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Treats rheumatoid arthritis, psoriatic arthritis, ankylosing spondylitis, Crohn's disease, plaque psoriasis, and ulcerative colitis.
There may be other brand names for this medicine.
When This Medicine Should Not Be Used
You or your child should not receive this medicine if you have had an allergic reaction to infliximab or murine (mouse) proteins. In some cases, you should not receive this medicine if you have a history of heart failure.
How to Use This Medicine
- Your doctor will prescribe your exact dose and tell you how often it should be given. This medicine is given through a needle placed in one of your veins.
- A nurse or other trained health professional will give you this medicine.
- This medicine should come with a Medication Guide. Read and follow these instructions carefully. Ask your doctor or pharmacist if you have any questions. Ask your pharmacist for the Medication Guide if you do not have one. Your doctor might ask you to sign some forms to show that you understand this information.
- This medicine needs to be given slowly. The needle will need to remain in place for at least 2 hours.
Drugs and Foods to Avoid
Ask your doctor or pharmacist before using any other medicine, including over-the-counter medicines, vitamins, and herbal products.
- Make sure your doctor knows if you are using anakinra (Kineret®), azathioprine (Imuran®), etanercept (Enbrel®), or methotrexate (Folex®, Rheumatrex®). Tell your doctor if you have received infliximab before. Make sure your doctor knows about all other medicines you are using, including nonprescription (over-the-counter) medicines and herbal products.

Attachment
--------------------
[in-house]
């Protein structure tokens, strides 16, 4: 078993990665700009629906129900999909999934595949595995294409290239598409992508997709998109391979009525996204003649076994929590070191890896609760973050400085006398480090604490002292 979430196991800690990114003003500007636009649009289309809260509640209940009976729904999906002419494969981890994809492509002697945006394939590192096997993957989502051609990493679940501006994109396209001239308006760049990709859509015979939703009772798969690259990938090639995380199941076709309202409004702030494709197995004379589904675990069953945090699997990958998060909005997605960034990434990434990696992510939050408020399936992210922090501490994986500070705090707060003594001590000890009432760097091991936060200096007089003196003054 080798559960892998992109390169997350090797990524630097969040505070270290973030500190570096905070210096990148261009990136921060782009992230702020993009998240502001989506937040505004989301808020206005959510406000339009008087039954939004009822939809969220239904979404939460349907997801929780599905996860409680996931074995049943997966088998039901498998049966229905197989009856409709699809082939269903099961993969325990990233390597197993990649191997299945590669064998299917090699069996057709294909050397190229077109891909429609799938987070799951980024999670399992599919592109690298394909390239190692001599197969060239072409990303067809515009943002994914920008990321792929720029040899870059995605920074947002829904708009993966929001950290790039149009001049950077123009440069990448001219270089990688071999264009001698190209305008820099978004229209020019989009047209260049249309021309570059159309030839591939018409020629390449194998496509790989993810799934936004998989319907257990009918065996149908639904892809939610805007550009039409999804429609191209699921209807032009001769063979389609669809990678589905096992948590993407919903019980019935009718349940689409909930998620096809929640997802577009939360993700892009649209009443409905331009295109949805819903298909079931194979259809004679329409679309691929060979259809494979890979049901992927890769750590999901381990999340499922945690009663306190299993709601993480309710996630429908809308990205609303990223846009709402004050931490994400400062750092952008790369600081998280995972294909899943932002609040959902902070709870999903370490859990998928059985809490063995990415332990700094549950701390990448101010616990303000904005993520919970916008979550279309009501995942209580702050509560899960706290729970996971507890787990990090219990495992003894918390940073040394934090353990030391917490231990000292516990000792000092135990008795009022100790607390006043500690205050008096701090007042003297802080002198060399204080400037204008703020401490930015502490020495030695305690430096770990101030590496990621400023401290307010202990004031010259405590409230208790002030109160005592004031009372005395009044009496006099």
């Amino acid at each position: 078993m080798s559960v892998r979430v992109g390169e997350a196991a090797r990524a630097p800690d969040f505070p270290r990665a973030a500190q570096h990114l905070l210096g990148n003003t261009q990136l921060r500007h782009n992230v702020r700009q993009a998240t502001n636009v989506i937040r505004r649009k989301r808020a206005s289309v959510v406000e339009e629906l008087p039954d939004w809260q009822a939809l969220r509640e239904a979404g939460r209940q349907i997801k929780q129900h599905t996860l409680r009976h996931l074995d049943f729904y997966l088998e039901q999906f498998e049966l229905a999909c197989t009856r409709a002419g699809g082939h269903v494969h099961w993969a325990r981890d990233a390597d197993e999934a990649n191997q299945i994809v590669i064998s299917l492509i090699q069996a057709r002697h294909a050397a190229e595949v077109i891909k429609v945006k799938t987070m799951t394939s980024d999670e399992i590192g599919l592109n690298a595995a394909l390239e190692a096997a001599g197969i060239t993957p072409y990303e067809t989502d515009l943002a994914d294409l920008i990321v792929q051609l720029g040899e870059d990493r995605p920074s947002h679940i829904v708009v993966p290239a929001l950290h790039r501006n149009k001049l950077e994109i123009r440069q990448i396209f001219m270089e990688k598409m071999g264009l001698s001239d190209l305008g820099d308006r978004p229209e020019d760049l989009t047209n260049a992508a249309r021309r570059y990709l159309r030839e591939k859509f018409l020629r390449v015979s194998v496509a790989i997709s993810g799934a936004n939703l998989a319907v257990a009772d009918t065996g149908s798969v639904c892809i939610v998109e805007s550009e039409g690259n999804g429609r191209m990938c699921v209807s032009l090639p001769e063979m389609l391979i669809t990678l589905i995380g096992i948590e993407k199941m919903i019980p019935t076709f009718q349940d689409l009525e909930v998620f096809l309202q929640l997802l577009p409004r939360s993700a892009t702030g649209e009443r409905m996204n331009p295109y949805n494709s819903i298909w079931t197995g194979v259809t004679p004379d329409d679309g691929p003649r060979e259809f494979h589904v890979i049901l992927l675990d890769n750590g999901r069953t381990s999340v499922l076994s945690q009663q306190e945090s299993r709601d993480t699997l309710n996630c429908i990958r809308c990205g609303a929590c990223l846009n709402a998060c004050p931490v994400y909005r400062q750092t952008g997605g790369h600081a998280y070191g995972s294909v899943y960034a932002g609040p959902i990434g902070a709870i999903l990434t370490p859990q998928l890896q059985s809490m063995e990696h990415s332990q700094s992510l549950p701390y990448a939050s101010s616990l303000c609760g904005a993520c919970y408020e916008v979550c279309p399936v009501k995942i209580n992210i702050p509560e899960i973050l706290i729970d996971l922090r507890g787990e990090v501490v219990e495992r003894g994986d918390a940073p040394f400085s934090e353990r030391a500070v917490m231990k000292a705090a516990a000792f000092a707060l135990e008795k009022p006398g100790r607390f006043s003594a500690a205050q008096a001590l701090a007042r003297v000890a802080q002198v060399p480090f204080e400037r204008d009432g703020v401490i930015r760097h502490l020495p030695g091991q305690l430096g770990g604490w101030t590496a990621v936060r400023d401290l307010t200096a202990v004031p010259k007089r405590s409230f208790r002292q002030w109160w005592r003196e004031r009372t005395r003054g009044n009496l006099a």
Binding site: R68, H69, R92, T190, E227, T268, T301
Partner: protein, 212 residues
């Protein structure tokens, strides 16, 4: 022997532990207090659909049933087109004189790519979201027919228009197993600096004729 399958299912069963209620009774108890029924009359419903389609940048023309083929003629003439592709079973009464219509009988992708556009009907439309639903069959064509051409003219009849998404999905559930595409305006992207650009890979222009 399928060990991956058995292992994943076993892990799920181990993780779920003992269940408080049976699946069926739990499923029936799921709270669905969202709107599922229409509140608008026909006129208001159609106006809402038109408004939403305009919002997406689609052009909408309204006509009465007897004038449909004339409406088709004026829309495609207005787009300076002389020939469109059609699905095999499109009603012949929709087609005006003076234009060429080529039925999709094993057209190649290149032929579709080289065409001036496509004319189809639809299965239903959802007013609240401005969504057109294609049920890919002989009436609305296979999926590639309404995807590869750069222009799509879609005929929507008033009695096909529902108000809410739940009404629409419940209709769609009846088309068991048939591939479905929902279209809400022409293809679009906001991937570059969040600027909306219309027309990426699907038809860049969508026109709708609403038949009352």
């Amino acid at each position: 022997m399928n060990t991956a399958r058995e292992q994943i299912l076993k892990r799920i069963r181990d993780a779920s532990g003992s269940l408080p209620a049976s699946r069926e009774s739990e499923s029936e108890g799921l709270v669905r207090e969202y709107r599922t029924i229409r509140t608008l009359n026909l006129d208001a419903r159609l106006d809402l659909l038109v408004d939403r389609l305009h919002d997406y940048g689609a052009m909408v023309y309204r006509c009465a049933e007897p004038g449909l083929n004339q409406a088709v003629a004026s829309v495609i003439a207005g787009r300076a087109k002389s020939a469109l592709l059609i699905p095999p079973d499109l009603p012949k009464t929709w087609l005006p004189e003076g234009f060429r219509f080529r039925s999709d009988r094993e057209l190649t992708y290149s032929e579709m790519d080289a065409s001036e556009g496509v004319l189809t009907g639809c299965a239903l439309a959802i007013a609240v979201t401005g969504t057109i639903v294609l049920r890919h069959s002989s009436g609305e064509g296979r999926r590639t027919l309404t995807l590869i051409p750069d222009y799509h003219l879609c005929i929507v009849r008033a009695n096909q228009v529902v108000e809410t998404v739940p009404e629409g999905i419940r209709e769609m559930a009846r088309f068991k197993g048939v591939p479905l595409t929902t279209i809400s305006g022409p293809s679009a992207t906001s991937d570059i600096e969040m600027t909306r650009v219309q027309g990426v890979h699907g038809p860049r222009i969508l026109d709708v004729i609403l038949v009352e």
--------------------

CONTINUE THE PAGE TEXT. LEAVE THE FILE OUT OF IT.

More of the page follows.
- Talk to your doctor before getting flu shots or other vaccines while you are receiving this medicine. Vaccines may not work as well, or they could make you ill while you are using this medicine.
Warnings While Using This Medicine
- Make sure your doctor knows if you are pregnant or breastfeeding, or if you or your child have liver disease, heart problems, a bleeding disorder, an active infection or an infection that keeps coming back, diabetes, eye or visual problems, or a weakened immune system. Tell your doctor if you or your child have a history of seizures, multiple sclerosis, Guillain-Barre syndrome, or a similar nervous system disease. Make sure your doctor knows if you have lung disease (such as chronic obstructive pulmonary disease or COPD), a history of cancer, hepatitis B infection, or psoriasis, or if you have recently received a vaccine.